Beg Bugs! Are they still around?

I haven’t written a blog on bed bugs in a long time and I am not sure I would have done one now, but……….

Recently there was a piece on NPR about a young man’s experience with bed bugs, which lead me to start thinking about them more in depth.  I don’t hear much about the little critters anymore, so I wondered if they are still running around causing havoc.

Here is what I found out about the pesky bed bug!

Let’s start with some general bed bug facts.  There was mention of bed bugs in Ancient Greece, in 17th century England, and in the 1930s in the United States. Why go back that far; to point out that they have been around for a long time and are still going strong.

Bedbugs are social animals and travel with humans.  This has not changed in hundreds of years.

Bedbugs are cross-cultural; they don’t care where you are from or the status of you savings account. Bed bugs don’t discriminate against locations either; they will meet at an expensive hotel or happily track you down while you are living on the streets.  Since they are so sociable, they will simply jump on your clothes and go anywhere you go.

According to my research, there doesn’t appear to be any place in the States, or in the world for that matter, that doesn’t have bedbugs.

Imagine!!! Bed bugs have invaded your building.

So, how do you as a manger handle this invasion?

Here a few suggestion:

First, start by educating your staff and tenants.  Many tenants are afraid to admit they have bed bugs because they are embarrassed.  As a manager you need to make sure that your tenants know there will be no retaliation against them if they have bed bugs.  Tenants must also know that they must follow directions given to them from management regarding the bed bugs. If the tenants choose not to, they may be held financially responsible.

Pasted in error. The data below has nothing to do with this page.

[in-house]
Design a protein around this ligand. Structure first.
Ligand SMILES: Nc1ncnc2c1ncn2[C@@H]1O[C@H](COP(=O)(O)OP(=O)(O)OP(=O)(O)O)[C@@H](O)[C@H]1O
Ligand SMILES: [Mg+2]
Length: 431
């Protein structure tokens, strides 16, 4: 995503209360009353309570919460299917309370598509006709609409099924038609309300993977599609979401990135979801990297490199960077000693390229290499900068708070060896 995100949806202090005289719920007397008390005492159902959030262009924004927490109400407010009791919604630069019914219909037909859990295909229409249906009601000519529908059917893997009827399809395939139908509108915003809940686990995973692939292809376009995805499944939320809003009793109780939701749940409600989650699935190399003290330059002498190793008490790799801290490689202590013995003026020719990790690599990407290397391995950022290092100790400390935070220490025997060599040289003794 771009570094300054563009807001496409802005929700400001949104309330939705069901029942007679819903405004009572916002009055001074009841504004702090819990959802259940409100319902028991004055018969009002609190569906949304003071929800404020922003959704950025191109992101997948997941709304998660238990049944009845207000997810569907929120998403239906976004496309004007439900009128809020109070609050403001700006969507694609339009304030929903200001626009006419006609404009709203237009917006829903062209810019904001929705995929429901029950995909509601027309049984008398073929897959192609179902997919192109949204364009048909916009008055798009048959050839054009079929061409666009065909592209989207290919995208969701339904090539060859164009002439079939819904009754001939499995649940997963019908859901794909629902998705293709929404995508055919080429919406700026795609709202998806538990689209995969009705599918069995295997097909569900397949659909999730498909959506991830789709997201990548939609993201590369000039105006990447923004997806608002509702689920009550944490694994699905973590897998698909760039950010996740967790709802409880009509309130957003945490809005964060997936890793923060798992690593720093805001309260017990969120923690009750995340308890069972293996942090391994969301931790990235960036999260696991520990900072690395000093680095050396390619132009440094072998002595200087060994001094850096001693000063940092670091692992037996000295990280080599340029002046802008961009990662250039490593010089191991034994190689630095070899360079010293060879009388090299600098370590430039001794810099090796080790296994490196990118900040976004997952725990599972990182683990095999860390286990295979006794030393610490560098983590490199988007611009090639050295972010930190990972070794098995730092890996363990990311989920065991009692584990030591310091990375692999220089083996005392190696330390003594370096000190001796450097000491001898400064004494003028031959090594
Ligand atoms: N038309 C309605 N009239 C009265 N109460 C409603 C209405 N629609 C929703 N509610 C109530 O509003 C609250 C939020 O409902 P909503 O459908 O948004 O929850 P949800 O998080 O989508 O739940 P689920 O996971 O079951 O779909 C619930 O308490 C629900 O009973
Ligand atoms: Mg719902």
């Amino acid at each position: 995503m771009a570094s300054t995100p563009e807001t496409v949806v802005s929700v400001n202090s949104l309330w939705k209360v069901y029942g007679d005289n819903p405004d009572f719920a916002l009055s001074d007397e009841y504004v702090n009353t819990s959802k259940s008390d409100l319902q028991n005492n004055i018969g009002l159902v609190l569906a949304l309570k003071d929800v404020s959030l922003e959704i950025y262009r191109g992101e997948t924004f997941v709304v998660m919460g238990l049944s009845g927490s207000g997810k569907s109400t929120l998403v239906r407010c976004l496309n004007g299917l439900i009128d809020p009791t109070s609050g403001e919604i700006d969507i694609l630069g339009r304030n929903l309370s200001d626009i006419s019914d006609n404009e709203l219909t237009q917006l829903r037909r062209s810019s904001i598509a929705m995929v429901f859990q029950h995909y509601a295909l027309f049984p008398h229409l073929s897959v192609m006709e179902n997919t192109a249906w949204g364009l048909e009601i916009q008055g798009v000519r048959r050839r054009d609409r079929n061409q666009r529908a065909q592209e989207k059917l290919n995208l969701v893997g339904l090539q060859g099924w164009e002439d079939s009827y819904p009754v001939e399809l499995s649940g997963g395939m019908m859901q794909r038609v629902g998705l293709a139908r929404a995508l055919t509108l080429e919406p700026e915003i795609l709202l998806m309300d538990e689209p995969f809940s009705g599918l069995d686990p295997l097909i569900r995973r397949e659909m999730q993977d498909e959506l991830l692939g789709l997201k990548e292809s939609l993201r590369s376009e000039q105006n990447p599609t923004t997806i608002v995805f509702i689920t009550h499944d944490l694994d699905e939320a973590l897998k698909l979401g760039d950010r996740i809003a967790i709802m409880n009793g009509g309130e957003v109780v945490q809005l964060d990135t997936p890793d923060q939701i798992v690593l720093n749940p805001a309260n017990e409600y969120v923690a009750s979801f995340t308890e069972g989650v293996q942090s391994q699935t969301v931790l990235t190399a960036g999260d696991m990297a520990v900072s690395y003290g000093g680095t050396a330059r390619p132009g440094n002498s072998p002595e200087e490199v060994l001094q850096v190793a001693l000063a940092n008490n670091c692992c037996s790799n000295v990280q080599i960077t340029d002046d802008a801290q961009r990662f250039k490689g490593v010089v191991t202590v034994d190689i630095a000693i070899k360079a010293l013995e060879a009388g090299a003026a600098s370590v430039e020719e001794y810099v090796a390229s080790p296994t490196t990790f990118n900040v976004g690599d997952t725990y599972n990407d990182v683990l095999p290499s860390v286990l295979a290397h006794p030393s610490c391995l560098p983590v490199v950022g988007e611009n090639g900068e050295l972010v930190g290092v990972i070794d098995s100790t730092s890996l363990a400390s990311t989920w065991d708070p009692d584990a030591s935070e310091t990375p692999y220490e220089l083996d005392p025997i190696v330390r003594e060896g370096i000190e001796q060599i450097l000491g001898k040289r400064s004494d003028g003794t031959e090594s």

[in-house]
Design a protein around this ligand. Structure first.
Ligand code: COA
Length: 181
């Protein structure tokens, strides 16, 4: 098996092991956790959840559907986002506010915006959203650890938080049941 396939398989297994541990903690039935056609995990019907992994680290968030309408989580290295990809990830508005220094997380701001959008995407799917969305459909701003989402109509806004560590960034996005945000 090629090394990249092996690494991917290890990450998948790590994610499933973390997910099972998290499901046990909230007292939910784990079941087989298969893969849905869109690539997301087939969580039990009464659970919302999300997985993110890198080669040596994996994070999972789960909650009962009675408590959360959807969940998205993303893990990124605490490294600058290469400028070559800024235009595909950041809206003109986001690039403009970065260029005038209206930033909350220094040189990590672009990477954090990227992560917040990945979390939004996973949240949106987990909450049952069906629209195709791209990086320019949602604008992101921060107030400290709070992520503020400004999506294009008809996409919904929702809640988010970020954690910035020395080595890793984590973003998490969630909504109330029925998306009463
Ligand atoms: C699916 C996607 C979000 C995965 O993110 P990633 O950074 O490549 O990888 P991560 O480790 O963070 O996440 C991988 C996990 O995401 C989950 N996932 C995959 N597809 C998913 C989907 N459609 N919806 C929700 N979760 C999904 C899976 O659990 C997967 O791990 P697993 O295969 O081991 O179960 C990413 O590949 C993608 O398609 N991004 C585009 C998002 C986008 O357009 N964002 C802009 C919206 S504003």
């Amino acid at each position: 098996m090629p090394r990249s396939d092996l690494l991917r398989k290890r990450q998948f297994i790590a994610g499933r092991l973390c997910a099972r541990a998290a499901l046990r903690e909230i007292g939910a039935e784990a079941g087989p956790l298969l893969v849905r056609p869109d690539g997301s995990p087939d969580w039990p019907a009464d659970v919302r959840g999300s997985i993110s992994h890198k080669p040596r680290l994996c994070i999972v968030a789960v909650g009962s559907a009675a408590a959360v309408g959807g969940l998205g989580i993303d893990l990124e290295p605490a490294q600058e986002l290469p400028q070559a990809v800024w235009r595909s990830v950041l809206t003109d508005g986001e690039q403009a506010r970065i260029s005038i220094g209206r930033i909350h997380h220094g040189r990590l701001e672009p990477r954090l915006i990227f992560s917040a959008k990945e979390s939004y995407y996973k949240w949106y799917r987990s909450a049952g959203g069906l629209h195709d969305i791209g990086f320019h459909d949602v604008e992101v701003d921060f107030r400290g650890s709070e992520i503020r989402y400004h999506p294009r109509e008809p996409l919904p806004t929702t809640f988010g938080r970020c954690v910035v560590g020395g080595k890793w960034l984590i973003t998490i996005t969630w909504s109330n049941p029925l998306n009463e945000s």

Your staff needs know how to recognize a bed bug and how to treat a tenant whose apartment may be infested.

Second, you need to know how to treat bed bugs.  Over the counter products do not work. You need to use a company that can demonstrate their success in this field.

Go online to do some research, the person who comes in to spray the bugs in the building once a month may not be the person you want to get rid of your bed bugs. One place you might want to check out is HUD’s site on integrated pest management: is also a good site to go to for information.

Here are some of their ideas on prevention:

  • Vacuum suitcases after returning from a vacation.
  • Check your bedsheets for telltale bed bug blood spots.
  • Consider bringing a large plastic trash bag to keep your suitcase in during hotel stays.
  • Carry a small flashlight to assist you with quick visual inspections.
  • Never bring second-hand furniture, especially mattresses and box springs, into a home without thoroughly examining for signs of a bed bug infestation. You might consider having a pest control professionally inspect the furniture, as it can be difficult to detect an infestation if you are untrained.
  • Regularly inspect areas where pets sleep for signs of bed bugs.
  • Bed bugs are elusive creatures, so it is imperative to seek professional pest control to address an infestation.

Do some proactive work.

  • Set up monthly checks
  • Again education your tenants with meetings and flyers with tips on prevention.
  • Do some brainstorming as a team; I am sure you can come up with other great ideas.
  • Try to control the situation the best you can

Here is the link to the story from NPR, I hope you enjoy it as much as I did:

Until next time!


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